Furnace shutdown a threat to Angang output
Angang Steel, the listed unit of one of the mainland's largest steel producers, may see its output fall for the first time in at least 11 years after one of its 10 blast furnaces was shut down due to safety issues.
The company's first-half profit this year is also expected to come under pressure from higher material costs.
Angang vice-chairman Chen Gang said yesterday the board originally planned for crude steel output to be flat this year from last year's 21.66 million tonnes, and steel product output to be flat from last year's 20.87 million tonnes.
'The actual output will now probably be less,' he said, adding that one of the firm's 10 blast furnaces responsible for a tenth of its capacity had been stopped for safety inspection.
'The problem is being investigated,' he added.
On Wednesday, the company unveiled a 174.6 per cent jump in net profit to 2.05 billion yuan (HK$2.4 billion) last year from 748 million yuan in 2009.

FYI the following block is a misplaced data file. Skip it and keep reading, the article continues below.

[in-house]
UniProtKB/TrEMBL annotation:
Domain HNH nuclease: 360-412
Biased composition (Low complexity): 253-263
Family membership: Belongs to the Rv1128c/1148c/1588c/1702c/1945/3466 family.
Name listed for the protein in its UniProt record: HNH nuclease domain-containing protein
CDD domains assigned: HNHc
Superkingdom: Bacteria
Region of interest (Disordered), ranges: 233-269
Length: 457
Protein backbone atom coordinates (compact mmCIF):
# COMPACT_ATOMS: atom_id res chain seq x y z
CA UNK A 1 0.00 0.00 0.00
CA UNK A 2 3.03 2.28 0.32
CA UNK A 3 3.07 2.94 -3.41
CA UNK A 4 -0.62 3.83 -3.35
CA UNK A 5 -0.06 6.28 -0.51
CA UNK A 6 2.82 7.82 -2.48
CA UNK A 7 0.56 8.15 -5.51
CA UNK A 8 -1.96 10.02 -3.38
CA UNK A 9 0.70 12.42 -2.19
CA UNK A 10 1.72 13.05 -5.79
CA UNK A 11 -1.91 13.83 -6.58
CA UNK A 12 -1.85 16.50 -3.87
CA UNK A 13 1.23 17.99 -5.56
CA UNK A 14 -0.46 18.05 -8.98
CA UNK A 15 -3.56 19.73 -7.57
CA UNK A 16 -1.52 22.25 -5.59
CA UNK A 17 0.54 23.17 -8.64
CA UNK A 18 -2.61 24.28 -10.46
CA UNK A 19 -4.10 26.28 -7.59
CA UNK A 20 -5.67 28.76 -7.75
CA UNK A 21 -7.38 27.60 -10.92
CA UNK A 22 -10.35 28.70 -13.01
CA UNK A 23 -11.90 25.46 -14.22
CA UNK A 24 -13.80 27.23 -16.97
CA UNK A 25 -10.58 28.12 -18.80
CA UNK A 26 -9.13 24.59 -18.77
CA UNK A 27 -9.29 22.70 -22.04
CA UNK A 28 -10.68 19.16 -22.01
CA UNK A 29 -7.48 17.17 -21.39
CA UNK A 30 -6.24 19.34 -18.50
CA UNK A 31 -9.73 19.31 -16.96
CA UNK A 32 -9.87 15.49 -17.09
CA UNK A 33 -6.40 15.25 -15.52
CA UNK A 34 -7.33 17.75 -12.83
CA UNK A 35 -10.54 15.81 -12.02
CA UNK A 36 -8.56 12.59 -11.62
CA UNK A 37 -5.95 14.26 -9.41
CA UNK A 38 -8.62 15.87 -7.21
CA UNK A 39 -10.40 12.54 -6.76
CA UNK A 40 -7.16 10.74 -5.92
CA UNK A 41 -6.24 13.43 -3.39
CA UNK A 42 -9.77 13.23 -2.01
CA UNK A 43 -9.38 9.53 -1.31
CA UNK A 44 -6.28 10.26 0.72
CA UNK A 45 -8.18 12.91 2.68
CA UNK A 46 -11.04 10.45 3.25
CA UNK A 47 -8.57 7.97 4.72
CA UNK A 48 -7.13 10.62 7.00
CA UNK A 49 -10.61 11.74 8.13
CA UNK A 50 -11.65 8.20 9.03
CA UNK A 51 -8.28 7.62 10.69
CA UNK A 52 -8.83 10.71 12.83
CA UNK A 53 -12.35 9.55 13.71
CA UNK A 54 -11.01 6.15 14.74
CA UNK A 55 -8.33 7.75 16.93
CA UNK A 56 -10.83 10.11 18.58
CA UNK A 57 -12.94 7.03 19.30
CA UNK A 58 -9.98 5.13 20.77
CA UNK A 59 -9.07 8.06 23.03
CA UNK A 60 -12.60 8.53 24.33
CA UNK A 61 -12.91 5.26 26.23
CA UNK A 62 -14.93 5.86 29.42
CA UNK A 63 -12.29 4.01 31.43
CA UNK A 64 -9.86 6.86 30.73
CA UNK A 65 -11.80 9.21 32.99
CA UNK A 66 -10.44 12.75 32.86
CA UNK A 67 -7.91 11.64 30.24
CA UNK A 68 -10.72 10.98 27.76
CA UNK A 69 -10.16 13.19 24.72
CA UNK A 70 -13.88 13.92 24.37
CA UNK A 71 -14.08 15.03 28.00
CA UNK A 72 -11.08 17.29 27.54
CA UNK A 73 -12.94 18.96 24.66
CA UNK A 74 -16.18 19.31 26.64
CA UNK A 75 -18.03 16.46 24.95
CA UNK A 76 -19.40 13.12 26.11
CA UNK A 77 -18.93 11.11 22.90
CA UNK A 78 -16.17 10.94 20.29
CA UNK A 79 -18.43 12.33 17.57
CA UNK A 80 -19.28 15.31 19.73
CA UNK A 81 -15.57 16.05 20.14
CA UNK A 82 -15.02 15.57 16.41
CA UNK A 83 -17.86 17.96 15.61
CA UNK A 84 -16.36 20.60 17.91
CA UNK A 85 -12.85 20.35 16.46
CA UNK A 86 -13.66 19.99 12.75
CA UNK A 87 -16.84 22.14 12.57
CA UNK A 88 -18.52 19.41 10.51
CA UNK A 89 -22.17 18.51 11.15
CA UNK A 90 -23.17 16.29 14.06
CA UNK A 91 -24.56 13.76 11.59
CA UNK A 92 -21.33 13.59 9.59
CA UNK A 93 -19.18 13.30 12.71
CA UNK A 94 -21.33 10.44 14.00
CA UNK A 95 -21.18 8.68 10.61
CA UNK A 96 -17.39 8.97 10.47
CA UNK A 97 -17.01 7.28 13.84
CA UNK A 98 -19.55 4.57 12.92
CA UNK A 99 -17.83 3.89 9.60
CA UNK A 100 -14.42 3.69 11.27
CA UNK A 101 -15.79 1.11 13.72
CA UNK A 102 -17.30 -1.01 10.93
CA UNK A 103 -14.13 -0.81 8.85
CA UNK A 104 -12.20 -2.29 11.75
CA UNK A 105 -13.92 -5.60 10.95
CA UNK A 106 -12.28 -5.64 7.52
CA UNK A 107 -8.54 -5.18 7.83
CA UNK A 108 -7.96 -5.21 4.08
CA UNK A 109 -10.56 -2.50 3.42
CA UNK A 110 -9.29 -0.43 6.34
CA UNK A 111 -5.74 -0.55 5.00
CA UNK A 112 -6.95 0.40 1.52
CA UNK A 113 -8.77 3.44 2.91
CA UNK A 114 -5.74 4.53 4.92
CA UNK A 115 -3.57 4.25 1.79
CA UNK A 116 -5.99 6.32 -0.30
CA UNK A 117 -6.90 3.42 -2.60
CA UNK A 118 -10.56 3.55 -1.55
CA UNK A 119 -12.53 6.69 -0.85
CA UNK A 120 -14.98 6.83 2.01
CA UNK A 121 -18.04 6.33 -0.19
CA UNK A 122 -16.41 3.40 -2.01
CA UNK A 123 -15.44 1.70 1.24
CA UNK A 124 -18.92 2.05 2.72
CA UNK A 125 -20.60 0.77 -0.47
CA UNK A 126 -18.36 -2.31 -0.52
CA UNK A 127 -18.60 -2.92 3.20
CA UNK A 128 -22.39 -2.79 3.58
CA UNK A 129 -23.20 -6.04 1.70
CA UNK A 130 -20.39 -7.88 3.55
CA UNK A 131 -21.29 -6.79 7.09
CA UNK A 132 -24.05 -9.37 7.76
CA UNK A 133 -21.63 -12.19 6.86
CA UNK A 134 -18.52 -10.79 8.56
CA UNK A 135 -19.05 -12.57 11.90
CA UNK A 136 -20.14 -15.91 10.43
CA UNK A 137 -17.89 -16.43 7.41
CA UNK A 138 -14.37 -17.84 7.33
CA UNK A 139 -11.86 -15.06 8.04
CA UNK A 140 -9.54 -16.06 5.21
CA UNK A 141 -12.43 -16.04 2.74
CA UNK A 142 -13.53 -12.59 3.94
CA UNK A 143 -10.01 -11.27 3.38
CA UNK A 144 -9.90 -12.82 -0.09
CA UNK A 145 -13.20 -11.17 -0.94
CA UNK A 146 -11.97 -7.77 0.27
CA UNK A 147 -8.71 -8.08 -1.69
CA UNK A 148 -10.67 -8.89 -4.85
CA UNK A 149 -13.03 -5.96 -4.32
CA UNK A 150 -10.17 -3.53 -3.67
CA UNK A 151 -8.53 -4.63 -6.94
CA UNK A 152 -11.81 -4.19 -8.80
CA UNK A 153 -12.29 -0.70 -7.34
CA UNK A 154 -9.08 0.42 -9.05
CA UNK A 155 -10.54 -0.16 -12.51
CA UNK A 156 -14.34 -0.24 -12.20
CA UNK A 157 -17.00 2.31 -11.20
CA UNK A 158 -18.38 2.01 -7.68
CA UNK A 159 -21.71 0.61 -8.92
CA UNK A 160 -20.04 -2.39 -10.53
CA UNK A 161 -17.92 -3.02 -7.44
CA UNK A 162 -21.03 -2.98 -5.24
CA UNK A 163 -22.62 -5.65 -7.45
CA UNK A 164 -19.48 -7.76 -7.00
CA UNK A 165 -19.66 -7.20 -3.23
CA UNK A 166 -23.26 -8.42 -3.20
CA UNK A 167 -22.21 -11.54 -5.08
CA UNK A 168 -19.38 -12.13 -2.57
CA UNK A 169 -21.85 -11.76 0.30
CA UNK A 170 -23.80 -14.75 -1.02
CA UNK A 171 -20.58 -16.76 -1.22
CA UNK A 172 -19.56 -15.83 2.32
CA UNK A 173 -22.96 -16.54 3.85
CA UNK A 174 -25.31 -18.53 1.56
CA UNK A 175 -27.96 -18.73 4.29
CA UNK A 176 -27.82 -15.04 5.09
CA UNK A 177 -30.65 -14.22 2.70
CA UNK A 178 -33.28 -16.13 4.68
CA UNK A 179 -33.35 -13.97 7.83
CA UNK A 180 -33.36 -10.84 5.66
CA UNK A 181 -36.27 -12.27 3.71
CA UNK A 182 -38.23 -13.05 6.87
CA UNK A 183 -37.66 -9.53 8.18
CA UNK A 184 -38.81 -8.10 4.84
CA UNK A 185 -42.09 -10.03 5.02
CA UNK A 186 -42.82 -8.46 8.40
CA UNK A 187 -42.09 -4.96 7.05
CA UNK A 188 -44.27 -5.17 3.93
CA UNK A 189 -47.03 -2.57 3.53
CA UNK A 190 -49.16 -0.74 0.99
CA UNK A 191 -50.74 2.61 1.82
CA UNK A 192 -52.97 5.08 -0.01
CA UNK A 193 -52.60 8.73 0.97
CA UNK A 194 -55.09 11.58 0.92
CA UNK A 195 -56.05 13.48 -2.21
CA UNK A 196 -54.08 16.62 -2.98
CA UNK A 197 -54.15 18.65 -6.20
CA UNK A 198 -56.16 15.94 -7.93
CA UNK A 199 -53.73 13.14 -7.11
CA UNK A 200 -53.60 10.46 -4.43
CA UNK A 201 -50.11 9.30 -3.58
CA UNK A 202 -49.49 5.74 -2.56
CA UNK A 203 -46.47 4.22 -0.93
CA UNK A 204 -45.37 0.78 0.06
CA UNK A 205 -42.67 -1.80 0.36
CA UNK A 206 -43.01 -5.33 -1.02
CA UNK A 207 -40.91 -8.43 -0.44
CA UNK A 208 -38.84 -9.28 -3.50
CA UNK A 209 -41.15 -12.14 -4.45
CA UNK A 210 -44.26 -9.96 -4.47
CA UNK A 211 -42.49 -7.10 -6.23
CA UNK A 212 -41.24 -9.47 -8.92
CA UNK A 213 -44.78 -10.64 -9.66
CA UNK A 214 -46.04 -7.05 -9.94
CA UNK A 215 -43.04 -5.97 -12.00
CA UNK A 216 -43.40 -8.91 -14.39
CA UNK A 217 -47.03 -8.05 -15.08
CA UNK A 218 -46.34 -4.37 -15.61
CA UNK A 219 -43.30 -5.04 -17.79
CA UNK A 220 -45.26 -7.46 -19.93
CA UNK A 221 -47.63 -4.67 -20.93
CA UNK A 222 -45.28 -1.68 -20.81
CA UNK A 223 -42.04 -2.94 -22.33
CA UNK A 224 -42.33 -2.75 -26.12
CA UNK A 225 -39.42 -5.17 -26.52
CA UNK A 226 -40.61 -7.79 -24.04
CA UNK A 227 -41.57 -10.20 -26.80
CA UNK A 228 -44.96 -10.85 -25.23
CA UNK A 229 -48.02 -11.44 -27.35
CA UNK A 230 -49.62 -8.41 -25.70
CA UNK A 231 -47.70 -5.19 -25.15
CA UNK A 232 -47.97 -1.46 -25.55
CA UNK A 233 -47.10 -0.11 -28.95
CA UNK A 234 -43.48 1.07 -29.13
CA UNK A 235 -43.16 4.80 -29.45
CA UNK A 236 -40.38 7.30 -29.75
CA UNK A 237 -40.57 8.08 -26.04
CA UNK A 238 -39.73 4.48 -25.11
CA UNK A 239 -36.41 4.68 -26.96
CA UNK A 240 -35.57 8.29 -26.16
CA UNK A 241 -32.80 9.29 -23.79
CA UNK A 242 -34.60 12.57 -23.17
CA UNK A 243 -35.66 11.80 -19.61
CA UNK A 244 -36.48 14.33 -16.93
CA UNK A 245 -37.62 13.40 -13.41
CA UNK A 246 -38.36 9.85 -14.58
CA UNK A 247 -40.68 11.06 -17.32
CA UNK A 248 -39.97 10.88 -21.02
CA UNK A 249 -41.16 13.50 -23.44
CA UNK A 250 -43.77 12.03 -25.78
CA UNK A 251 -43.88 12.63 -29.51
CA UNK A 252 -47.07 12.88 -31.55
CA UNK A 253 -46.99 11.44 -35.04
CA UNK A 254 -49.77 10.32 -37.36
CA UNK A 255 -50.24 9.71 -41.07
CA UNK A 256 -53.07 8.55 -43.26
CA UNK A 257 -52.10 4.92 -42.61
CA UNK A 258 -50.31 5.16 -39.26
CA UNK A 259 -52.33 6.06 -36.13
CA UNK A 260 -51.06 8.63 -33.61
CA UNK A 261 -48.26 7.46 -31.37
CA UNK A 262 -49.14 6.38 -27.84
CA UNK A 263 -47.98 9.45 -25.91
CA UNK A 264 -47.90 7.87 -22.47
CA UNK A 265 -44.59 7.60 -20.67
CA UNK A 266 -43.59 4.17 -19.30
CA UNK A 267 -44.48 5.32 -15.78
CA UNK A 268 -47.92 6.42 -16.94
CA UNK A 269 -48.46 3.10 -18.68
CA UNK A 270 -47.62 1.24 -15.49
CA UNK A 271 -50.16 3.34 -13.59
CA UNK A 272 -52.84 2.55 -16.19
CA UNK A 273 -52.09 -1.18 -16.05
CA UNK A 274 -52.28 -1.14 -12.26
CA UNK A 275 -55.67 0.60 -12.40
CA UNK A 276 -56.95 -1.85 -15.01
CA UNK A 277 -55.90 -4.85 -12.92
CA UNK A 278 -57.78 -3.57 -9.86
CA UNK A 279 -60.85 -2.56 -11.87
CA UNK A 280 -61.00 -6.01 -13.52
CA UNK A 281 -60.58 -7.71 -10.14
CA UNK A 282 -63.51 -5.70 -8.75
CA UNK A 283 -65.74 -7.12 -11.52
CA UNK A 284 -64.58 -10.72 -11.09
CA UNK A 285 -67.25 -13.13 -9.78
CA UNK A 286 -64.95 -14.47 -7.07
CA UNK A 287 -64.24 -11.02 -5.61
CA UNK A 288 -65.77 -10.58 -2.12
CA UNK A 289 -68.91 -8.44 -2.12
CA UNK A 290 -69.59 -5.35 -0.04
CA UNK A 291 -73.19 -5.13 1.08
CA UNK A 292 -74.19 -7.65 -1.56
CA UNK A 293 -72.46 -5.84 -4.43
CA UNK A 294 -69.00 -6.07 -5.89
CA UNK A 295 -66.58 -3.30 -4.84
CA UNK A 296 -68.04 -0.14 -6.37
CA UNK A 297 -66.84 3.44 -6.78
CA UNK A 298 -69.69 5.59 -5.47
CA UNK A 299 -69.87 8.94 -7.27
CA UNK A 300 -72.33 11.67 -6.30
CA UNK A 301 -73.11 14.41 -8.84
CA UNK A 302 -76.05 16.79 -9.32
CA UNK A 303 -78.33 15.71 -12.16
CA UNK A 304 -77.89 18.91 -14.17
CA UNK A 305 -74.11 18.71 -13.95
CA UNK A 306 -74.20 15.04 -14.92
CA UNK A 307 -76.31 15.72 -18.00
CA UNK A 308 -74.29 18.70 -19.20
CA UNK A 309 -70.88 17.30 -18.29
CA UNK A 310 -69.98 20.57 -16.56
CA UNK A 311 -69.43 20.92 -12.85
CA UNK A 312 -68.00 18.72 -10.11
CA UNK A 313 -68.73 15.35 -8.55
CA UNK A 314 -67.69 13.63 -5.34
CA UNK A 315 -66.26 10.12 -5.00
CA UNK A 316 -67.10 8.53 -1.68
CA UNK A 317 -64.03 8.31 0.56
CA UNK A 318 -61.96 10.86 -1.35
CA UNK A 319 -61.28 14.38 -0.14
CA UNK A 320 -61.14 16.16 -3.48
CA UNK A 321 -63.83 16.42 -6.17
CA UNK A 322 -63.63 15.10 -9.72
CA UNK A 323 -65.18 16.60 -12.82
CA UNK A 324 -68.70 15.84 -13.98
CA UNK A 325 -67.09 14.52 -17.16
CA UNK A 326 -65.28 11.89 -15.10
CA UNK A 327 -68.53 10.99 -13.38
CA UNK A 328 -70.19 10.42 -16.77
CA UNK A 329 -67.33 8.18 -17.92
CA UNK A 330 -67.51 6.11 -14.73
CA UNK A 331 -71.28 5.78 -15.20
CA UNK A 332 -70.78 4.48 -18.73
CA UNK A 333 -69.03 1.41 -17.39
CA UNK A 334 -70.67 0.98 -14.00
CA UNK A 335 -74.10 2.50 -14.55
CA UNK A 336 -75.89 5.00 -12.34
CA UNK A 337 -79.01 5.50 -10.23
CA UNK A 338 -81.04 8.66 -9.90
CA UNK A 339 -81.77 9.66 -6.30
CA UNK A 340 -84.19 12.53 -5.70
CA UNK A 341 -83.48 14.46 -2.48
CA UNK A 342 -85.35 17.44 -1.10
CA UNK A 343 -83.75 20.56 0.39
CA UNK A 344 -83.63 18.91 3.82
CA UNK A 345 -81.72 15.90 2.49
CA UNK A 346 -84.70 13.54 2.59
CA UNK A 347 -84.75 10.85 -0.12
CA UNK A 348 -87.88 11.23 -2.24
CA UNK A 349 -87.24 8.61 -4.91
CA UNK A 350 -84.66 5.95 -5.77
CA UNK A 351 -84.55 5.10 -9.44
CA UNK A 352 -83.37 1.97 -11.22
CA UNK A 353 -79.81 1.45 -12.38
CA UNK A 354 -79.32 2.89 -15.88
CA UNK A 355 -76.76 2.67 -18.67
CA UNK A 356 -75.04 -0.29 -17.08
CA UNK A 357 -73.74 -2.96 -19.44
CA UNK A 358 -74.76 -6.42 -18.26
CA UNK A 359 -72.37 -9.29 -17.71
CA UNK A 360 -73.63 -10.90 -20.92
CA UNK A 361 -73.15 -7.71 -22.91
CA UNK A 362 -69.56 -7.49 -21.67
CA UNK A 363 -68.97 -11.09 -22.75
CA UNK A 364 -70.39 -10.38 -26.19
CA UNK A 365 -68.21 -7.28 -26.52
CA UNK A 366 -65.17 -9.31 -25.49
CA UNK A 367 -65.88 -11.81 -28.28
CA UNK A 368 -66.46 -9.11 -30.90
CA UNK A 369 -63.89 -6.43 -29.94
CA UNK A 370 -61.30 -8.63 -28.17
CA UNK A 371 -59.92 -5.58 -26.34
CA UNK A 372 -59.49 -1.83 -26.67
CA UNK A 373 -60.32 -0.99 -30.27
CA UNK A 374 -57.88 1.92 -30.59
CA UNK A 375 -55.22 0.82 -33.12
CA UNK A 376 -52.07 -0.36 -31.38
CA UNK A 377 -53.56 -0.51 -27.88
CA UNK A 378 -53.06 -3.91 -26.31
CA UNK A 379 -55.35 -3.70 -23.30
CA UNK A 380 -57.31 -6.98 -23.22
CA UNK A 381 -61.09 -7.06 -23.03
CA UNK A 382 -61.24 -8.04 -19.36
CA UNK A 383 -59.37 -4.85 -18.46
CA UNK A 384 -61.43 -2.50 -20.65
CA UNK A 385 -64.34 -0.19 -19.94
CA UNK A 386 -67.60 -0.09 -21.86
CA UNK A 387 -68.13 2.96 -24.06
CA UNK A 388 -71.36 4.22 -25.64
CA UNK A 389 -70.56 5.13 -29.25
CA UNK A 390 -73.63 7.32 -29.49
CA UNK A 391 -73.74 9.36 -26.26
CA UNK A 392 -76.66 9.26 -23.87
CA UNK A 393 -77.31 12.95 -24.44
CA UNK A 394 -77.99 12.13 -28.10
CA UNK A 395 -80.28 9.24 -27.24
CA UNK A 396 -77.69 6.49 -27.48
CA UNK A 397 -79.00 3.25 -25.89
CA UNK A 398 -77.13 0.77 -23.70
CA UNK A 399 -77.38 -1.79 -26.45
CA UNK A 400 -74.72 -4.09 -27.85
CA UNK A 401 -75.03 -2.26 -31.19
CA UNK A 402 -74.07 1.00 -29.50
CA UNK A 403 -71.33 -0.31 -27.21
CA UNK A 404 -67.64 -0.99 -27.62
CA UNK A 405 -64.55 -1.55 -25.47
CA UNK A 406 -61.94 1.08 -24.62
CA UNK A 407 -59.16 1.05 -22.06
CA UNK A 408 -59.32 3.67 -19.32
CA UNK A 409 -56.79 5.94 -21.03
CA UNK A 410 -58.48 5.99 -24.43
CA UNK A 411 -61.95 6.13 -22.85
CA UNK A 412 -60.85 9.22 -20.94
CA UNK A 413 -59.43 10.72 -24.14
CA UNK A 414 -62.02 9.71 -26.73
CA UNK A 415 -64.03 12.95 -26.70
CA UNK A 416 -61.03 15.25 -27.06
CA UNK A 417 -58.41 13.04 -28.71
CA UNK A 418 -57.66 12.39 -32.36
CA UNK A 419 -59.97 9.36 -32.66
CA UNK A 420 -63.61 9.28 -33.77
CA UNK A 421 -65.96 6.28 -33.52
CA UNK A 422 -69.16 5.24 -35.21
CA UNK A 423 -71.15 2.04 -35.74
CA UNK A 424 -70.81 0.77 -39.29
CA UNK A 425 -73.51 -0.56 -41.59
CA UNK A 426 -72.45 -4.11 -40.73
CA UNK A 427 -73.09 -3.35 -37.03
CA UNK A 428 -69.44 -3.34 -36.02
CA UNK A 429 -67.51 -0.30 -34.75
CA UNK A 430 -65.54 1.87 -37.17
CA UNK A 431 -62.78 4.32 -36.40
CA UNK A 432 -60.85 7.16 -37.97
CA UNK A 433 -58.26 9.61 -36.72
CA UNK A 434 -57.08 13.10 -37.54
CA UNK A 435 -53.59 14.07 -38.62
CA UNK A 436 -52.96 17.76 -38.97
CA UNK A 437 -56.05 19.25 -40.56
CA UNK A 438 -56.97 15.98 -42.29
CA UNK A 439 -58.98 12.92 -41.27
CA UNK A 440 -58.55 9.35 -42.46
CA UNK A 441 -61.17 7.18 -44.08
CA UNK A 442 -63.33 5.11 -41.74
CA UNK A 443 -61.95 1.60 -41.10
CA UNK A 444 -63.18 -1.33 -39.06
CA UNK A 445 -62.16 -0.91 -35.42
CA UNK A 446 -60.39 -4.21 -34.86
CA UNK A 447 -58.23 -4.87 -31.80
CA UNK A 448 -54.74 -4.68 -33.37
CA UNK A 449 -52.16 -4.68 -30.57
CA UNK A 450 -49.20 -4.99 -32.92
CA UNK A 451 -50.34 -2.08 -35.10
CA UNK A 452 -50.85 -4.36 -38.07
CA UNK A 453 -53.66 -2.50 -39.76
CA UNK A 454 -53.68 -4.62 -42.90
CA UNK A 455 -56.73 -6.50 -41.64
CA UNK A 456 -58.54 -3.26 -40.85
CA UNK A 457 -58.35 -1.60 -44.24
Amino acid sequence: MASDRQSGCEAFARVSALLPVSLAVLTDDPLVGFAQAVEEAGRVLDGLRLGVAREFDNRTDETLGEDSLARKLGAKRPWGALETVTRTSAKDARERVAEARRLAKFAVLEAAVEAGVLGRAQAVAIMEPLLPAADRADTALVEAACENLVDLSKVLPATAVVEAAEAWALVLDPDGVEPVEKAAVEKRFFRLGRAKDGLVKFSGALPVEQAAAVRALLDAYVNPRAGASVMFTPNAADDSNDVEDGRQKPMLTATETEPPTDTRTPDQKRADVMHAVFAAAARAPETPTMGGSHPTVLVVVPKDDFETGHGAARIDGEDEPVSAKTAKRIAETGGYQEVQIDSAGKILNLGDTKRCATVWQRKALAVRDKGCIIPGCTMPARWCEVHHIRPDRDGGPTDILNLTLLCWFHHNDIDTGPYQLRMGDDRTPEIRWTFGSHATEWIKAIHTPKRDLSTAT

But the figure was lower than its 2.99 billion yuan earnings reported in 2008, 7.53 billion yuan in 2007 and 7.09 billion yuan in 2006. Gross profit margin rose to 7.1 per cent from 5.9 per cent in 2009.
Although steel products output grew 9.9 per cent and their average selling price grew 18.5 per cent last year to 4,288 yuan a tonne, the benefits were largely eroded by material cost rises totalling over 10 billion yuan, said executive director Fu Jihui.
The cost pressure continued into the first quarter of this year, when average spot market iron ore costs surged over 40 per cent year on year to around US$180 a tonne.
Product prices have been falling since March and Chen expects a recovery in the third quarter. Iron ore prices also started to fall slowly last month while coking coal costs remain high, he added.
With the first-quarter average product price standing at about 4,550 yuan, Chen said Angang was expected to turn in a profit for the quarter. It recorded a net loss of 720 million yuan in the second half of last year.
One of the factors contributing to Angang's cost pressure is the fact that parent Angang Group could not meet most of its iron ore requirements after its 6 million-tonne-a-year Bayuquan plant in Liaoning province came on stream in 2009.